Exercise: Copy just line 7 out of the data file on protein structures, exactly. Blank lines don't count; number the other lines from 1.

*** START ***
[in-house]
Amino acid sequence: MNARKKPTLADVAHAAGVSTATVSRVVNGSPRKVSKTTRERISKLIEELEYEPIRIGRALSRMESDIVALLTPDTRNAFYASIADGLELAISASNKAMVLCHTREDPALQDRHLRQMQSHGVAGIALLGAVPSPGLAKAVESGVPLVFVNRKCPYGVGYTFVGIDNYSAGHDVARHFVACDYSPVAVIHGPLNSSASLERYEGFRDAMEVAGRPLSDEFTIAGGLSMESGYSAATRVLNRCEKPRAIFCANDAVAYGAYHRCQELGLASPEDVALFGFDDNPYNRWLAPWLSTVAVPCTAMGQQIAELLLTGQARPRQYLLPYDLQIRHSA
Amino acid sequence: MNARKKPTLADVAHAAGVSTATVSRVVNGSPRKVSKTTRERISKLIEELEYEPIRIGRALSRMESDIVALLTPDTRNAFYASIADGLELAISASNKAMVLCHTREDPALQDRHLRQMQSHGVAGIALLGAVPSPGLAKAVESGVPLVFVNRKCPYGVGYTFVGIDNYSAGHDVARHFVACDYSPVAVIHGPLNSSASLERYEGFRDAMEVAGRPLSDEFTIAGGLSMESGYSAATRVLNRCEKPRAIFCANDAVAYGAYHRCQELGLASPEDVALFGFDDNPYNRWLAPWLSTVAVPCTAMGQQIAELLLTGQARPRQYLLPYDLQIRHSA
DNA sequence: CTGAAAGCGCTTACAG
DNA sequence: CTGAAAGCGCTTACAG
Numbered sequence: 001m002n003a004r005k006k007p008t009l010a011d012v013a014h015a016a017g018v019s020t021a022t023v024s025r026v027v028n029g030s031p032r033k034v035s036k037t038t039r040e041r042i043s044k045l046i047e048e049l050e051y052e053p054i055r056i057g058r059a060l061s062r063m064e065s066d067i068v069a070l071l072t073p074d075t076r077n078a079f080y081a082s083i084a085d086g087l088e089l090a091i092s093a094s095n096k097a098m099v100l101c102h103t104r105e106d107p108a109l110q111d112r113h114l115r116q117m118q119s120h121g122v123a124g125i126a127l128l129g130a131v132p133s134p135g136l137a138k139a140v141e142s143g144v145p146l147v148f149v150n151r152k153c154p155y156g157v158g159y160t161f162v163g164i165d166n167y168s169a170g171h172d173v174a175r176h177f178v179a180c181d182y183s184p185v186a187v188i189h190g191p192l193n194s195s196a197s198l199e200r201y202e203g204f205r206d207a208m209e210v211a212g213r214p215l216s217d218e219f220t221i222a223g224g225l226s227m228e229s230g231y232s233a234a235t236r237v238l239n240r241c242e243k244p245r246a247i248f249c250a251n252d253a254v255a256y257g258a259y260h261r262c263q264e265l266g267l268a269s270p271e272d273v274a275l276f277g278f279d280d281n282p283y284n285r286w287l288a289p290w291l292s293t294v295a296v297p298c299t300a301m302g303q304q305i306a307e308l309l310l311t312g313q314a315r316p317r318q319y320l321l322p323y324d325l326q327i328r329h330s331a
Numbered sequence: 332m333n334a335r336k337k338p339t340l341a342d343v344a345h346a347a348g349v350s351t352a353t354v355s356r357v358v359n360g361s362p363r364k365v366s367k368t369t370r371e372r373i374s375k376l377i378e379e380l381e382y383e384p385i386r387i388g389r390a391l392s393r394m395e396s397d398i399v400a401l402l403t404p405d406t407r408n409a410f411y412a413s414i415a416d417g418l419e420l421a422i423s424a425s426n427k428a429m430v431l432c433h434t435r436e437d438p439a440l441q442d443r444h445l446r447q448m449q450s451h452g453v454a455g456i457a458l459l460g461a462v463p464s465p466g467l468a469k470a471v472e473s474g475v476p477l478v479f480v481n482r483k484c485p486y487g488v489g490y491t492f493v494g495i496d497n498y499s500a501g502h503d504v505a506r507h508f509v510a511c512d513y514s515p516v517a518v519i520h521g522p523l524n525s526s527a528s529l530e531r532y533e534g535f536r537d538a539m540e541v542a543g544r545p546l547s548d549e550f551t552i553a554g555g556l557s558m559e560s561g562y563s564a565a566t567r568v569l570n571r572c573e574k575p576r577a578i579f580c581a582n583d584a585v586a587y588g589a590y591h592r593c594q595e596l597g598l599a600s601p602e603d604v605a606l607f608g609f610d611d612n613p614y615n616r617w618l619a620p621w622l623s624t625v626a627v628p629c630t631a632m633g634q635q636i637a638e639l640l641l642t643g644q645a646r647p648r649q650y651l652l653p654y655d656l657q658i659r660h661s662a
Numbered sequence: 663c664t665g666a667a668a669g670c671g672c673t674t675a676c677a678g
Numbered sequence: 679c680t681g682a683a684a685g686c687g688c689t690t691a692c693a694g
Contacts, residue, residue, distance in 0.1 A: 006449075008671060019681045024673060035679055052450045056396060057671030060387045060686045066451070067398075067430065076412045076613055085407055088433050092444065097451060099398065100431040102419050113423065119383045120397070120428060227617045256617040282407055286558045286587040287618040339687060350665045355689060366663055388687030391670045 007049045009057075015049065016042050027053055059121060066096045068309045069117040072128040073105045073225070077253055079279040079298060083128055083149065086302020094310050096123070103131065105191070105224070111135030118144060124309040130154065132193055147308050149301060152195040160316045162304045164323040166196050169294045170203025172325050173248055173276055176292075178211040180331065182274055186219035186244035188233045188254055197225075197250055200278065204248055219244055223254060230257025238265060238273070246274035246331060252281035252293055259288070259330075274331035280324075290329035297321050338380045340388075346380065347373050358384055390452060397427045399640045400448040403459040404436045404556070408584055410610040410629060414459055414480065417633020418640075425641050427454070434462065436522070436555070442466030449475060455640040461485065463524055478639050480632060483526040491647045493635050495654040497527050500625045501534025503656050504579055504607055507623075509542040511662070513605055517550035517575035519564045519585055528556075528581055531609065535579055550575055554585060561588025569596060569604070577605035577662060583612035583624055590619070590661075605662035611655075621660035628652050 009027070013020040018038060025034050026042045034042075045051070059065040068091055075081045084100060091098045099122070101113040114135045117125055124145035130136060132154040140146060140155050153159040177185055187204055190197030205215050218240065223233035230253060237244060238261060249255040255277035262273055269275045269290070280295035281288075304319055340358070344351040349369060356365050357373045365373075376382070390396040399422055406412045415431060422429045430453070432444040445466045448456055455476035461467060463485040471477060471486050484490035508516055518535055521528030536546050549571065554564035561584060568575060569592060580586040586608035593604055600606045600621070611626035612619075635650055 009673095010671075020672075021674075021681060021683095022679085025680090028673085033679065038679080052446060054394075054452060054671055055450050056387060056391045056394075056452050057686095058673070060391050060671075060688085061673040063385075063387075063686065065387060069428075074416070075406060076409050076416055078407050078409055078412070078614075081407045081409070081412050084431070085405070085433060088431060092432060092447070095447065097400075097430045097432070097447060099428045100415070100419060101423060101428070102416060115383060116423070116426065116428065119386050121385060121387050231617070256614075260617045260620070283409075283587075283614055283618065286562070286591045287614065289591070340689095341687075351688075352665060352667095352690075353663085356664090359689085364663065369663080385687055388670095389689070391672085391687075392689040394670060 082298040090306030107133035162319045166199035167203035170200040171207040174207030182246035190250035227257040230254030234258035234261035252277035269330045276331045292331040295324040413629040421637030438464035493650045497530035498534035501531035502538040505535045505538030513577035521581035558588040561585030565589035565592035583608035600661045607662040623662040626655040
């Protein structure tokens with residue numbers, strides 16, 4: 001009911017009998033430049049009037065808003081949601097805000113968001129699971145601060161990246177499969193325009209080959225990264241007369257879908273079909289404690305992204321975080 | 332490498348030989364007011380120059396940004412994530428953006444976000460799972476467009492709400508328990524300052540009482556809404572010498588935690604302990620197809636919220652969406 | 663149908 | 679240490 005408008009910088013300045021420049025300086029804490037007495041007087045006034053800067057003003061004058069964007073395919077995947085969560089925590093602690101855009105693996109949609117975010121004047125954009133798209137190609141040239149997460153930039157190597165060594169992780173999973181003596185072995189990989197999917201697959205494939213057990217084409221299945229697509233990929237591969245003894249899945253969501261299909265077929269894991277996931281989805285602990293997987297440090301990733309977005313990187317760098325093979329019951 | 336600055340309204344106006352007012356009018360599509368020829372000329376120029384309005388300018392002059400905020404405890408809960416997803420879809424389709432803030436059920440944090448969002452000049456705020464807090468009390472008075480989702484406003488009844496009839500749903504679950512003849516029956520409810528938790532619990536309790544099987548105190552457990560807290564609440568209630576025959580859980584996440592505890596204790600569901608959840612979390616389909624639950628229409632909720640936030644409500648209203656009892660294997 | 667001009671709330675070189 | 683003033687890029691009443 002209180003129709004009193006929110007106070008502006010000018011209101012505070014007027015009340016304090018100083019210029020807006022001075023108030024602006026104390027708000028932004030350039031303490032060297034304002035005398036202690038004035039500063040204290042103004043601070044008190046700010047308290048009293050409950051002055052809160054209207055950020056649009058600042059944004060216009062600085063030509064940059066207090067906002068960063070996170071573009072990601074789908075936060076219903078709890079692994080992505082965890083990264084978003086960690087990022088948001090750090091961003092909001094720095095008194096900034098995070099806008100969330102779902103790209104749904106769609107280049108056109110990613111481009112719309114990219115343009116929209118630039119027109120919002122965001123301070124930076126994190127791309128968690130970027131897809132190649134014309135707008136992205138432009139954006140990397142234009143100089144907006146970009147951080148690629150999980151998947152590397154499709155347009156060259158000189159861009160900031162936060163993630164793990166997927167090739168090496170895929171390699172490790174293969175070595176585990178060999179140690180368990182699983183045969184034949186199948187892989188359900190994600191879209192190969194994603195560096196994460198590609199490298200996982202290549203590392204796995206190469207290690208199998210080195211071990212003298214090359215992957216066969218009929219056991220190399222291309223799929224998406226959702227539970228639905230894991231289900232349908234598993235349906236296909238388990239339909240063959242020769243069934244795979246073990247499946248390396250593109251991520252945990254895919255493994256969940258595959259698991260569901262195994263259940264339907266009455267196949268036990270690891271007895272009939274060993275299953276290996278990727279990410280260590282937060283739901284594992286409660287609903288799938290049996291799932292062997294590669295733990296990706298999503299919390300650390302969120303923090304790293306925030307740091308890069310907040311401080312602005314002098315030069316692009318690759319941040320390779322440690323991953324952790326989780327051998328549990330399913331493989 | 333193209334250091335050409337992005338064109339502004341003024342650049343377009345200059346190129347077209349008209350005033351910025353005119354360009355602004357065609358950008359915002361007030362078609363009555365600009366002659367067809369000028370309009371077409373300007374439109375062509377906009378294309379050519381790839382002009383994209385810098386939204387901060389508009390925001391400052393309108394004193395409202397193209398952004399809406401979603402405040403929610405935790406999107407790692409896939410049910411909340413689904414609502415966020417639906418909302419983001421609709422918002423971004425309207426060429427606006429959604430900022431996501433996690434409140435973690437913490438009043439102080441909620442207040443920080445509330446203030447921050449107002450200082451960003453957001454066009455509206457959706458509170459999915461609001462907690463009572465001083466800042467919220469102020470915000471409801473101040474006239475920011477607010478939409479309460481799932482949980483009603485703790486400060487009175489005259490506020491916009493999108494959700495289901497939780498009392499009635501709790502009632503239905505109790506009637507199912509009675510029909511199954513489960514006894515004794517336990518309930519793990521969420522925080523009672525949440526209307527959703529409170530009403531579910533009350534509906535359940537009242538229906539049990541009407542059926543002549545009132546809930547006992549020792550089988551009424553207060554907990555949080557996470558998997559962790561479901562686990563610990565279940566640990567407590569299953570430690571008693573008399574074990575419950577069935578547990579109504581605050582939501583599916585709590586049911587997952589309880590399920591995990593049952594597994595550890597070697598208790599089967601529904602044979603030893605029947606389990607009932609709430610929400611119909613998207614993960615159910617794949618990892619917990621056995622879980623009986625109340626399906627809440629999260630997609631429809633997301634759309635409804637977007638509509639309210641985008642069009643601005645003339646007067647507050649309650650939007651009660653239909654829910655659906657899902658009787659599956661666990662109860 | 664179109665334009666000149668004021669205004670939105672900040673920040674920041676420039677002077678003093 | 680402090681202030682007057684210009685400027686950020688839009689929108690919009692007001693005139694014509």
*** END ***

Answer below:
Numbered sequence: 332m333n334a335r336k337k338p339t340l341a342d343v344a345h346a347a348g349v350s351t352a353t354v355s356r357v358v359n360g361s362p363r364k365v366s367k368t369t370r371e372r373i374s375k376l377i378e379e380l381e382y383e384p385i386r387i388g389r390a391l392s393r394m395e396s397d398i399v400a401l402l403t404p405d406t407r408n409a410f411y412a413s414i415a416d417g418l419e420l421a422i423s424a425s426n427k428a429m430v431l432c433h434t435r436e437d438p439a440l441q442d443r444h445l446r447q448m449q450s451h452g453v454a455g456i457a458l459l460g461a462v463p464s465p466g467l468a469k470a471v472e473s474g475v476p477l478v479f480v481n482r483k484c485p486y487g488v489g490y491t492f493v494g495i496d497n498y499s500a501g502h503d504v505a506r507h508f509v510a511c512d513y514s515p516v517a518v519i520h521g522p523l524n525s526s527a528s529l530e531r532y533e534g535f536r537d538a539m540e541v542a543g544r545p546l547s548d549e550f551t552i553a554g555g556l557s558m559e560s561g562y563s564a565a566t567r568v569l570n571r572c573e574k575p576r577a578i579f580c581a582n583d584a585v586a587y588g589a590y591h592r593c594q595e596l597g598l599a600s601p602e603d604v605a606l607f608g609f610d611d612n613p614y615n616r617w618l619a620p621w622l623s624t625v626a627v628p629c630t631a632m633g634q635q636i637a638e639l640l641l642t643g644q645a646r647p648r649q650y651l652l653p654y655d656l657q658i659r660h661s662a